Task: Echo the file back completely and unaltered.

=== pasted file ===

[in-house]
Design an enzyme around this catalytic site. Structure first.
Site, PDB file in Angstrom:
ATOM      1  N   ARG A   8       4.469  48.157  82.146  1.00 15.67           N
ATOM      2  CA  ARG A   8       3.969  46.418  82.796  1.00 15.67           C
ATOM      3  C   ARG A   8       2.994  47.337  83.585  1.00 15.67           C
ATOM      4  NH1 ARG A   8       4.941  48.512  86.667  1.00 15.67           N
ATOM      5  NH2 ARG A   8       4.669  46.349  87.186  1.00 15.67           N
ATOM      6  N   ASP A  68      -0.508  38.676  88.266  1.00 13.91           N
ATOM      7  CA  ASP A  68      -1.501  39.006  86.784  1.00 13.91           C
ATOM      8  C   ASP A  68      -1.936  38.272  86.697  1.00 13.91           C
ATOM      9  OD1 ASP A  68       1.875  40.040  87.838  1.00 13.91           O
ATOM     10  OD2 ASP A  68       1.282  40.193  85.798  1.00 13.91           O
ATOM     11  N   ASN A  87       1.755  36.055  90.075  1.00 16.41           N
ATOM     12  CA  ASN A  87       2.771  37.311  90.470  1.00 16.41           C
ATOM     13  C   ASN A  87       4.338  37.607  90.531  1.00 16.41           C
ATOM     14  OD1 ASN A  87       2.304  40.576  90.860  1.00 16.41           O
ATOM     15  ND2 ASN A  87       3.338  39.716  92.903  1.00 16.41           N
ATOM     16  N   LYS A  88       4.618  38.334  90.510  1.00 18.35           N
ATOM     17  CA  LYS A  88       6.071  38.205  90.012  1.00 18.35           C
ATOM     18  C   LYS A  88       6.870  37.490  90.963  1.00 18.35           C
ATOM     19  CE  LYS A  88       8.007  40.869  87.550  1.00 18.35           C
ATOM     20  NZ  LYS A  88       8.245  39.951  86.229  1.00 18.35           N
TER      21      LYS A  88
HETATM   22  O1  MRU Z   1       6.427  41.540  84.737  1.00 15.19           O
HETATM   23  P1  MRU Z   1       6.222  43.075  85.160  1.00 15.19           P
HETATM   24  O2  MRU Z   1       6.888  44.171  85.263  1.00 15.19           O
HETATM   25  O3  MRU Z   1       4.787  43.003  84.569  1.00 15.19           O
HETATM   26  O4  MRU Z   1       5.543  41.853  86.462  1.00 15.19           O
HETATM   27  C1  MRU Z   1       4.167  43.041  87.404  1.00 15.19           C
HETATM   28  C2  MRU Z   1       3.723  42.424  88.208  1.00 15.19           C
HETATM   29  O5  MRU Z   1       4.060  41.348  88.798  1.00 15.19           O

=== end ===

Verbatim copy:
[in-house]
Design an enzyme around this catalytic site. Structure first.
Site, PDB file in Angstrom:
ATOM      1  N   ARG A   8       4.469  48.157  82.146  1.00 15.67           N
ATOM      2  CA  ARG A   8       3.969  46.418  82.796  1.00 15.67           C
ATOM      3  C   ARG A   8       2.994  47.337  83.585  1.00 15.67           C
ATOM      4  NH1 ARG A   8       4.941  48.512  86.667  1.00 15.67           N
ATOM      5  NH2 ARG A   8       4.669  46.349  87.186  1.00 15.67           N
ATOM      6  N   ASP A  68      -0.508  38.676  88.266  1.00 13.91           N
ATOM      7  CA  ASP A  68      -1.501  39.006  86.784  1.00 13.91           C
ATOM      8  C   ASP A  68      -1.936  38.272  86.697  1.00 13.91           C
ATOM      9  OD1 ASP A  68       1.875  40.040  87.838  1.00 13.91           O
ATOM     10  OD2 ASP A  68       1.282  40.193  85.798  1.00 13.91           O
ATOM     11  N   ASN A  87       1.755  36.055  90.075  1.00 16.41           N
ATOM     12  CA  ASN A  87       2.771  37.311  90.470  1.00 16.41           C
ATOM     13  C   ASN A  87       4.338  37.607  90.531  1.00 16.41           C
ATOM     14  OD1 ASN A  87       2.304  40.576  90.860  1.00 16.41           O
ATOM     15  ND2 ASN A  87       3.338  39.716  92.903  1.00 16.41           N
ATOM     16  N   LYS A  88       4.618  38.334  90.510  1.00 18.35           N
ATOM     17  CA  LYS A  88       6.071  38.205  90.012  1.00 18.35           C
ATOM     18  C   LYS A  88       6.870  37.490  90.963  1.00 18.35           C
ATOM     19  CE  LYS A  88       8.007  40.869  87.550  1.00 18.35           C
ATOM     20  NZ  LYS A  88       8.245  39.951  86.229  1.00 18.35           N
TER      21      LYS A  88
HETATM   22  O1  MRU Z   1       6.427  41.540  84.737  1.00 15.19           O
HETATM   23  P1  MRU Z   1       6.222  43.075  85.160  1.00 15.19           P
HETATM   24  O2  MRU Z   1       6.888  44.171  85.263  1.00 15.19           O
HETATM   25  O3  MRU Z   1       4.787  43.003  84.569  1.00 15.19           O
HETATM   26  O4  MRU Z   1       5.543  41.853  86.462  1.00 15.19           O
HETATM   27  C1  MRU Z   1       4.167  43.041  87.404  1.00 15.19           C
HETATM   28  C2  MRU Z   1       3.723  42.424  88.208  1.00 15.19           C
HETATM   29  O5  MRU Z   1       4.060  41.348  88.798  1.00 15.19           O